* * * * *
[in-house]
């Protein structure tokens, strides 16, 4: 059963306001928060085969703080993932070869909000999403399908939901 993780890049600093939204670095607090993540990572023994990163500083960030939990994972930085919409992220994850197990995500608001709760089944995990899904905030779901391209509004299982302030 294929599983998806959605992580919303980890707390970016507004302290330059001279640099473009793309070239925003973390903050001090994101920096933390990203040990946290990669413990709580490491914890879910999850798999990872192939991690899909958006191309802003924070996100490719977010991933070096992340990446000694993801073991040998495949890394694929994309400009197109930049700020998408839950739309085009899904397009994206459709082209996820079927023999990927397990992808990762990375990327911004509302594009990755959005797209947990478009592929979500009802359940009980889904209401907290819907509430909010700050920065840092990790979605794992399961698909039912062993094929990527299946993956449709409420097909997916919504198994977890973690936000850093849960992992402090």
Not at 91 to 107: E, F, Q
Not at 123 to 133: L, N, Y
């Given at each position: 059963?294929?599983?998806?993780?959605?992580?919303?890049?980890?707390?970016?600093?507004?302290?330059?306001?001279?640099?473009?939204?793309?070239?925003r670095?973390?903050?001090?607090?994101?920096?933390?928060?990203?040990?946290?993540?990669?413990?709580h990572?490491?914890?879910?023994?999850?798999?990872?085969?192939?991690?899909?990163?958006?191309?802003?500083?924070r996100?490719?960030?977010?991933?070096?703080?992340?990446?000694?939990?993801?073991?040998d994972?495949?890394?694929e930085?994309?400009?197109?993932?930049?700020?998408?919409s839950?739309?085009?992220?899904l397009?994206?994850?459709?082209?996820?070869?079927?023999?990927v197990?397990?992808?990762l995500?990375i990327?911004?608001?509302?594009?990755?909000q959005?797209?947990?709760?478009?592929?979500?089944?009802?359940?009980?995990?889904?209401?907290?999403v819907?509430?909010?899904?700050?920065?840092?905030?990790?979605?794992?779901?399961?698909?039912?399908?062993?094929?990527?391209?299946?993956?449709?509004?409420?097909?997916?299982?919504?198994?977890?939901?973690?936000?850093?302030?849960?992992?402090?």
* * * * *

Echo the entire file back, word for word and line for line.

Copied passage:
[in-house]
């Protein structure tokens, strides 16, 4: 059963306001928060085969703080993932070869909000999403399908939901 993780890049600093939204670095607090993540990572023994990163500083960030939990994972930085919409992220994850197990995500608001709760089944995990899904905030779901391209509004299982302030 294929599983998806959605992580919303980890707390970016507004302290330059001279640099473009793309070239925003973390903050001090994101920096933390990203040990946290990669413990709580490491914890879910999850798999990872192939991690899909958006191309802003924070996100490719977010991933070096992340990446000694993801073991040998495949890394694929994309400009197109930049700020998408839950739309085009899904397009994206459709082209996820079927023999990927397990992808990762990375990327911004509302594009990755959005797209947990478009592929979500009802359940009980889904209401907290819907509430909010700050920065840092990790979605794992399961698909039912062993094929990527299946993956449709409420097909997916919504198994977890973690936000850093849960992992402090």
Not at 91 to 107: E, F, Q
Not at 123 to 133: L, N, Y
């Given at each position: 059963?294929?599983?998806?993780?959605?992580?919303?890049?980890?707390?970016?600093?507004?302290?330059?306001?001279?640099?473009?939204?793309?070239?925003r670095?973390?903050?001090?607090?994101?920096?933390?928060?990203?040990?946290?993540?990669?413990?709580h990572?490491?914890?879910?023994?999850?798999?990872?085969?192939?991690?899909?990163?958006?191309?802003?500083?924070r996100?490719?960030?977010?991933?070096?703080?992340?990446?000694?939990?993801?073991?040998d994972?495949?890394?694929e930085?994309?400009?197109?993932?930049?700020?998408?919409s839950?739309?085009?992220?899904l397009?994206?994850?459709?082209?996820?070869?079927?023999?990927v197990?397990?992808?990762l995500?990375i990327?911004?608001?509302?594009?990755?909000q959005?797209?947990?709760?478009?592929?979500?089944?009802?359940?009980?995990?889904?209401?907290?999403v819907?509430?909010?899904?700050?920065?840092?905030?990790?979605?794992?779901?399961?698909?039912?399908?062993?094929?990527?391209?299946?993956?449709?509004?409420?097909?997916?299982?919504?198994?977890?939901?973690?936000?850093?302030?849960?992992?402090?």